principal fibers was emphasized. He was also the speaker for indus- 
trial arts evening at the Arts Club of Washington, on February 10, 
when he gave an informal talk on the technology of fabric decora- 
tion, illustrated by specimens of fabrics showing special types of dec- 
oration such as weft and warp printing, and cross-dyeing effects. The 
same speaker, on January 11, 1927, addressed the Washington Chap- 
ter of the American Home Economics Association, at the Bureau 
of Home Economics, on " Rayon — Its future and possibilities." On 
January 19 he spoke to the Science Club of Eastern High School, 
Washington, D. C, on " Rayon — Its manufacture and application " ; 
on March 8, to the Mothers' Club of Takoma Park, Md., on "A com- 
parison of the qualities of dress fabrics 20 years ago and to-day " ; 
and on March 11, 1927, to the home economics department of George 
Washington University, on " The manufacture and future of rayon." 

Students from the Wilson Normal School of this city were 
addressed in the Museum by William N. Watkins on the subject 
of "Turpentining," and he likewise conducted the graduating class 
from the Hallstead (Pa.) High School through the wood court speak- 
ing on the collection generally. 

Dr. George B. Roth, professor of pharmacology at George Wash- 
ington Universitj^, continued to visit the Museum with medical 
students for the purpose of acquainting them with the classification 
of medicinal materials and the physical characteristics of the crude 
drugs from which medicines are made. 

The District of Columbia Parent-Teacher Congress made special 
arrangements to have the health exhibits explained to its members. 
The first delegation consisted of about 50 members, and throughout 
69199—27 3 


the year other delegations of varying numbers called for the same 
purpose. The American Optometric Association during its annual 
convention in Washington included in its program a visit to the 
Museum for the express purpose of studying the exhibits of the 
hall of health. Several hundred delegates from all parts of the.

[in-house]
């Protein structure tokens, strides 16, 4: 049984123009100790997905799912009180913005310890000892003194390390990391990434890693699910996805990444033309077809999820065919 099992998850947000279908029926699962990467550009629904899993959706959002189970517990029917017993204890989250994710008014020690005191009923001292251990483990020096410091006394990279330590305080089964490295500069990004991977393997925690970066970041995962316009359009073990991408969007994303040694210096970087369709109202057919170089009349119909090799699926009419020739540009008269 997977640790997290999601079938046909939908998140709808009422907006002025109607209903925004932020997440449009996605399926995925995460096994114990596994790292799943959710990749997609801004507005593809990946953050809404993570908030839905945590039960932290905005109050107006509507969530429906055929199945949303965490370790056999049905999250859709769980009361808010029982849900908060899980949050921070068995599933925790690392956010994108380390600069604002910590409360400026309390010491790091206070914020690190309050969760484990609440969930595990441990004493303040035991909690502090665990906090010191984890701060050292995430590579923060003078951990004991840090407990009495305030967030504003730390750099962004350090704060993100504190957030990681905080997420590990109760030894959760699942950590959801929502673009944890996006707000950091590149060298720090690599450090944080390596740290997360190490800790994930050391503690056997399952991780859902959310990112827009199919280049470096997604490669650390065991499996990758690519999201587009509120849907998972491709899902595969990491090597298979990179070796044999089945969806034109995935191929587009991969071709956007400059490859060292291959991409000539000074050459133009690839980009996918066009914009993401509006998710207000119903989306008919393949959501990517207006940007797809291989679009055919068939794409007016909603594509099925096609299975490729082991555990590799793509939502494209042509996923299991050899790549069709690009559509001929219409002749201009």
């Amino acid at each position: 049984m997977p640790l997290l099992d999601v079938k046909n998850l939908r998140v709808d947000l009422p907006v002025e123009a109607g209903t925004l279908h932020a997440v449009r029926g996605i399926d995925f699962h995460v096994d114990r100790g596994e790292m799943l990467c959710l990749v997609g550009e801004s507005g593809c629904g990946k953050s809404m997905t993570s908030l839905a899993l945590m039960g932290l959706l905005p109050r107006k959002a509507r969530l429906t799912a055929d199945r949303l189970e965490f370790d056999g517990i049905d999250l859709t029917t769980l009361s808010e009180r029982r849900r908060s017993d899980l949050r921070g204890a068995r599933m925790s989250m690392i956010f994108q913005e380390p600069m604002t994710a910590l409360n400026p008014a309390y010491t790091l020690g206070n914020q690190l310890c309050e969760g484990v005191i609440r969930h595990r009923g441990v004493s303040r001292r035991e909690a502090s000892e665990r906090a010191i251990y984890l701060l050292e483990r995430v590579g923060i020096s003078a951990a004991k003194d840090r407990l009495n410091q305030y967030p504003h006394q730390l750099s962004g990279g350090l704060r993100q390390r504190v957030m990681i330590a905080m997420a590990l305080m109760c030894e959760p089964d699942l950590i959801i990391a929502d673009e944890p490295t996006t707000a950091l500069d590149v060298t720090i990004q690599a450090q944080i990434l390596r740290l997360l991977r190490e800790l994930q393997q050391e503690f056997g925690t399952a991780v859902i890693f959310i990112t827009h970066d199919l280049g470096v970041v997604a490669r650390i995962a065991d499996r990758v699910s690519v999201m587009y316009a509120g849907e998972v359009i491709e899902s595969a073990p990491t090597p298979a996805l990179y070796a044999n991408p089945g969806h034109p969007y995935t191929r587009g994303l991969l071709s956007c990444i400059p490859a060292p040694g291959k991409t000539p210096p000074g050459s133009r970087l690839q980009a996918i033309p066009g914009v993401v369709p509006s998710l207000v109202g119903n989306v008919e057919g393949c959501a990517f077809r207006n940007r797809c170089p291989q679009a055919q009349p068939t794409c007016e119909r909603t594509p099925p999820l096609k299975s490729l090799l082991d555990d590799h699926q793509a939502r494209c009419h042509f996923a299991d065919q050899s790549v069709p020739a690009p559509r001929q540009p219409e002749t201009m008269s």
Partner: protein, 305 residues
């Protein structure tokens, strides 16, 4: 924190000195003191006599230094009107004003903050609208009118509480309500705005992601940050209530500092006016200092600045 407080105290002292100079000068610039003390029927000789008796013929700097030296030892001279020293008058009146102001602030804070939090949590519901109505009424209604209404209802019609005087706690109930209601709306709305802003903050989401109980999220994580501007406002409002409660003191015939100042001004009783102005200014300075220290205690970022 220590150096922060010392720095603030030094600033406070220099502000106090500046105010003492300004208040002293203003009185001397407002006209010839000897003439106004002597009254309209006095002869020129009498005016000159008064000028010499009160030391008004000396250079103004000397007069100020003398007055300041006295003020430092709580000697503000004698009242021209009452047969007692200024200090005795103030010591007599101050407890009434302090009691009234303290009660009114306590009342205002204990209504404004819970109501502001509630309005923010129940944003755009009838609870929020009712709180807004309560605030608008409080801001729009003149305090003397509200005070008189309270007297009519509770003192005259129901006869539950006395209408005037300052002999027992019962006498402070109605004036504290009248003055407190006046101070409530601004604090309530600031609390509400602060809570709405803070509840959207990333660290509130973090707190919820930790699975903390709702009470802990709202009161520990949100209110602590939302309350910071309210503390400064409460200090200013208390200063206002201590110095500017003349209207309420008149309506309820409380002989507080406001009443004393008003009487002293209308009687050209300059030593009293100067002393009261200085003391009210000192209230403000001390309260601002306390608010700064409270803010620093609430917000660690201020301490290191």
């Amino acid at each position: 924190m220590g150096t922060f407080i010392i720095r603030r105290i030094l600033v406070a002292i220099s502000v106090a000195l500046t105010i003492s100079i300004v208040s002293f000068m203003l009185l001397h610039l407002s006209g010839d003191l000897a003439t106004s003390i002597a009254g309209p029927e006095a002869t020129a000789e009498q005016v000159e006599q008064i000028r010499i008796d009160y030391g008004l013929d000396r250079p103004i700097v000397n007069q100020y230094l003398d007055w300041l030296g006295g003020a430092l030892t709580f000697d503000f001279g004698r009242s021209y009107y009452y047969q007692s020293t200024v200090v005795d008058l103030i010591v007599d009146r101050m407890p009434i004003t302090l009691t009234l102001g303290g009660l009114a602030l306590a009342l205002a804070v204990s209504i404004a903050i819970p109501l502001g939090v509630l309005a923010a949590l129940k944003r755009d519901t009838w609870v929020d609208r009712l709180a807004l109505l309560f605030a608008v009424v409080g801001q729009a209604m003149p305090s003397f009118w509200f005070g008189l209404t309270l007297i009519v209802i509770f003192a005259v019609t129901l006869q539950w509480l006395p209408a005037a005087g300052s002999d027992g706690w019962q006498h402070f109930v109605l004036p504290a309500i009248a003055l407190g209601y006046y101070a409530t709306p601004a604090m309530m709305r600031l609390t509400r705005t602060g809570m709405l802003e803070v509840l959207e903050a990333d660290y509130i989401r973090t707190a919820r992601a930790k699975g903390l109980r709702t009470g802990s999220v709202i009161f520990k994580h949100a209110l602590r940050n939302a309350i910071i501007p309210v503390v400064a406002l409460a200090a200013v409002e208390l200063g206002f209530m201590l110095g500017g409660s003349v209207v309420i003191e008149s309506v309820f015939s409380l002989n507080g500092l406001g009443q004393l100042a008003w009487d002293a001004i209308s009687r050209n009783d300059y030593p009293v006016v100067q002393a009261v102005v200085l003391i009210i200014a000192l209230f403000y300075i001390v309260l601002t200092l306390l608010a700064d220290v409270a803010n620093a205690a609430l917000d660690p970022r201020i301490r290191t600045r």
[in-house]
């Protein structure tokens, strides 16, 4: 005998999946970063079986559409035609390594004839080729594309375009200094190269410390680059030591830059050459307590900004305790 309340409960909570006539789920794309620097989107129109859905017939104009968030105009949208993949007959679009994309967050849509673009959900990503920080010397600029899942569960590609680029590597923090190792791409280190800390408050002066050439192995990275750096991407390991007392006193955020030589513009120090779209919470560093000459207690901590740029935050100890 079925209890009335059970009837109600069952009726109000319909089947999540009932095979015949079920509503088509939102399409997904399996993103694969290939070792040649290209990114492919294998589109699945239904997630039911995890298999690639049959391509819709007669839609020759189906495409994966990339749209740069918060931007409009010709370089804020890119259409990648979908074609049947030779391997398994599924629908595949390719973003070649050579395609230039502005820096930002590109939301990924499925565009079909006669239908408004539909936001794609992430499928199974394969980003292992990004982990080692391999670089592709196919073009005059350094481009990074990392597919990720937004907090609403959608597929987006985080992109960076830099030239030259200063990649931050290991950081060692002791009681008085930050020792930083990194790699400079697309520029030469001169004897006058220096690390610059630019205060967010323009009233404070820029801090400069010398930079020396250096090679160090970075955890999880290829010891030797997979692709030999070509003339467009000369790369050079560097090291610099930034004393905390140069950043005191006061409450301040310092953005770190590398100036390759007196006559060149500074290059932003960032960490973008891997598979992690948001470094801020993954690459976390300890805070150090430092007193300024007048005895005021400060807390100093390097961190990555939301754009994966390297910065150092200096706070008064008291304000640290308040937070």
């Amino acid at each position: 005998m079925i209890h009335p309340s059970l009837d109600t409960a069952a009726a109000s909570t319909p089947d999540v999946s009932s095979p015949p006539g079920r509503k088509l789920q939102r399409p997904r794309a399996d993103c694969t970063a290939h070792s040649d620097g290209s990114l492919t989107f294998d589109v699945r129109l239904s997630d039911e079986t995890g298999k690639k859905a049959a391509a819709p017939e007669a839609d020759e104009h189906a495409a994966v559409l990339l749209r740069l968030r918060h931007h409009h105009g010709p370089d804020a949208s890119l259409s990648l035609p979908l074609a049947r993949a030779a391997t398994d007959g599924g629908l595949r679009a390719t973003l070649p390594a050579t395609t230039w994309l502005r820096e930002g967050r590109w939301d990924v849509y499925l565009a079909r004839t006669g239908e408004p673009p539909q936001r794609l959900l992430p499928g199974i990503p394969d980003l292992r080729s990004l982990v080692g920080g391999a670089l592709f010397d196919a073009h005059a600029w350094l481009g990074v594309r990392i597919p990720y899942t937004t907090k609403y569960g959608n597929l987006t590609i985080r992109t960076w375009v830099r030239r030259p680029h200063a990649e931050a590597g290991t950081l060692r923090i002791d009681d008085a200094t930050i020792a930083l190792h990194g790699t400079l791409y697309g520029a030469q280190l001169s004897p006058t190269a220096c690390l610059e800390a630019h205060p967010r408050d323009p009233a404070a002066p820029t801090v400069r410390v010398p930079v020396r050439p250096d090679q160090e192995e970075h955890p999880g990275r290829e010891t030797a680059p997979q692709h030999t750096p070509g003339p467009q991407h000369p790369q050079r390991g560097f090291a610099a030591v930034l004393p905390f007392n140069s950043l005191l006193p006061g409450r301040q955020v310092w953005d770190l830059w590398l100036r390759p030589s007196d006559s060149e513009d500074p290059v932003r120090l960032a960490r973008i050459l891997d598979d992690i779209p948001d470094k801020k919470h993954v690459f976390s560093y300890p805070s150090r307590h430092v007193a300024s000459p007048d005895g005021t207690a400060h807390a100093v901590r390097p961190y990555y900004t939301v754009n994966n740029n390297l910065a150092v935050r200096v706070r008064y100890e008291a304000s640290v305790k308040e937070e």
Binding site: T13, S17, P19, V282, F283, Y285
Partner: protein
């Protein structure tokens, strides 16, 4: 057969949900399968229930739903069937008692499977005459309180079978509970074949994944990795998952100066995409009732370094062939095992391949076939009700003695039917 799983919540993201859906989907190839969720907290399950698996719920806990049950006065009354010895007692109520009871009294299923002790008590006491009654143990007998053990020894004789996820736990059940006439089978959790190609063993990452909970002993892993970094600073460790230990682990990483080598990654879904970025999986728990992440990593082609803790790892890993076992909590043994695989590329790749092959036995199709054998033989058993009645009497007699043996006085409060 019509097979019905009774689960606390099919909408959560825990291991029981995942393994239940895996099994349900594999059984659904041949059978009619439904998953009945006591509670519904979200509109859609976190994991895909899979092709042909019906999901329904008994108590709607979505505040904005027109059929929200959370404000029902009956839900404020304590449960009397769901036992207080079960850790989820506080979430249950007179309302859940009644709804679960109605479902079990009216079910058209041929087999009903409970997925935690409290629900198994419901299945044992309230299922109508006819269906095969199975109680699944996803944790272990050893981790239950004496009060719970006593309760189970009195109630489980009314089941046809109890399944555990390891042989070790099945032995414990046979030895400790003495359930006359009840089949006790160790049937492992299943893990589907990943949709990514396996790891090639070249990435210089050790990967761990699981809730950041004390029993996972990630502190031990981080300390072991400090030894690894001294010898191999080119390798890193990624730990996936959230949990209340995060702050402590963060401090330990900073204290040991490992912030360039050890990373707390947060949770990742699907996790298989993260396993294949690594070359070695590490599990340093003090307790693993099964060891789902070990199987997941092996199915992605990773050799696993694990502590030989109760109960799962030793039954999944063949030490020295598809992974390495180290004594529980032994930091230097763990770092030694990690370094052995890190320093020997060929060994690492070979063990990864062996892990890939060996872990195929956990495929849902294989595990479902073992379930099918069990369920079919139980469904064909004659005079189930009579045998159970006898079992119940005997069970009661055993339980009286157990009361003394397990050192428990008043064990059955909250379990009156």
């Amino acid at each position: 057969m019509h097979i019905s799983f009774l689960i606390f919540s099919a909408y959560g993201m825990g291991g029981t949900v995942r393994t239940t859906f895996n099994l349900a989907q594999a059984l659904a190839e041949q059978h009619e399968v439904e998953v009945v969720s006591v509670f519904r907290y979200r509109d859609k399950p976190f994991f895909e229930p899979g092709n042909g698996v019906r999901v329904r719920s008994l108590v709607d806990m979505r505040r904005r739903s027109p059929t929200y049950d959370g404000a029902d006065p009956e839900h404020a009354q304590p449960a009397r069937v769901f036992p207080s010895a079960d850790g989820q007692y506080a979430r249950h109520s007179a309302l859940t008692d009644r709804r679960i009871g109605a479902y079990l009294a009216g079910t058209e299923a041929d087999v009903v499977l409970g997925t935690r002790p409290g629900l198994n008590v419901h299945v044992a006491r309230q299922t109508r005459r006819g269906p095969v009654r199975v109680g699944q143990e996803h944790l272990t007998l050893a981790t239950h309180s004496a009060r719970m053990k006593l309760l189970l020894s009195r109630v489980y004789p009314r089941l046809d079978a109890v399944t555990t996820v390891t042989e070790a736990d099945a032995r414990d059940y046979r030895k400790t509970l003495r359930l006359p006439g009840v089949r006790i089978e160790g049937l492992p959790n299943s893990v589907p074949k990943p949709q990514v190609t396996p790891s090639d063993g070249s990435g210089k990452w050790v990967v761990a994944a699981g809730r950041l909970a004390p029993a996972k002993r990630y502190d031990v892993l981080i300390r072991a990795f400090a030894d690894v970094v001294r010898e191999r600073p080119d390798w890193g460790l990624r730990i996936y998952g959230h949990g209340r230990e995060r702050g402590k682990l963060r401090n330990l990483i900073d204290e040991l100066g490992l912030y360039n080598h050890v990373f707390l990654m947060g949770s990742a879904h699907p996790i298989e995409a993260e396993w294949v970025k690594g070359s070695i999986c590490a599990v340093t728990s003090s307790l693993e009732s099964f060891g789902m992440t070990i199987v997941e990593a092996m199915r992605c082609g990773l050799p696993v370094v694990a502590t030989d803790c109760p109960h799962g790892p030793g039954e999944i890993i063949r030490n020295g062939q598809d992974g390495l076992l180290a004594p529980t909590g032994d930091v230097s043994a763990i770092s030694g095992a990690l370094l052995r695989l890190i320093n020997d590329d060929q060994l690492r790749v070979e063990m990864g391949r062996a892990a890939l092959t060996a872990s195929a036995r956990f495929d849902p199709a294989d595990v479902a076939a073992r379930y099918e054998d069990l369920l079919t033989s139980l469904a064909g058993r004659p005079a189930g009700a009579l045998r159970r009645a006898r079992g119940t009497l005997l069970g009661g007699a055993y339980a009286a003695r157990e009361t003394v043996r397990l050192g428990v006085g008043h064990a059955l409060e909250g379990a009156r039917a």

United States were included in the group. 

In connection with American forest week activities, the section 
of wood technology installed exhibits during the period that covered 
tree planting, timber growing, forest protection, recreation, and 
utilization. During American forest week 18,739 persons visited 
the building, and up to closing time on May 18, when some of the 
exhibits were removed, 48,163 visitors had been recorded. 

R. P. Tolman, assistant curator of the division of graphic arts, 
gave one talk before the convention of American Pen Women. At 
the present time this division has six traveling exhibits of graphic 
arts which show how prints are made, and two traveling exhibits on 
the history of photography. These were shown 47 times in public 
schools, colleges, libraries, and other establishments from Massachu- 
setts to California. These exhibits are available for display by anj' 
organization that is interested, the only expense being the expressage. 
The two larger exhibits are engaged for nearly the entire next sea- 
son, and a number of engagements have been arranged for the 
smaller ones. 


The Museum buildings are open to the public free of charge every 
week day from 9 a. m. to 4.30 p. m. and, in addition, the Natural 
History Building and the Arts and Industries Building are open 
on Sunday afternoon from 1.30 to 4.30. This year all exhibition 
halls were closed on Christmas Day and New Year's Day, following 
the precedent of 1926, and the Smithsonian Building was closed to 
the public for two days, February 10 and 11, 1927, when the Institu- 
tion was using the public halls for a conference. In connection with 
the Nation's welcome to Col. Charles A. Lindbergh on June 11, all 
exhibition halls were closed at noon. 

The flags on all Museum buildings were placed at half mast at 
12.50 p. m., February 9, 1927, when notice was received of the death 
of Secretary Walcott, and were so continued through February 12, 
the day of the funeral. The offices in all Museum buildings were 
closed all day February 12 and the exhibition halls were closed to 
the public after 2 p. m. 

The visitors to the Museum for the year aggregated 1,153,^12 
persons, an increase of nearly 50,000 over the previous year. Aver- 
age attendance for week days was 3,263 and for Sundays, with only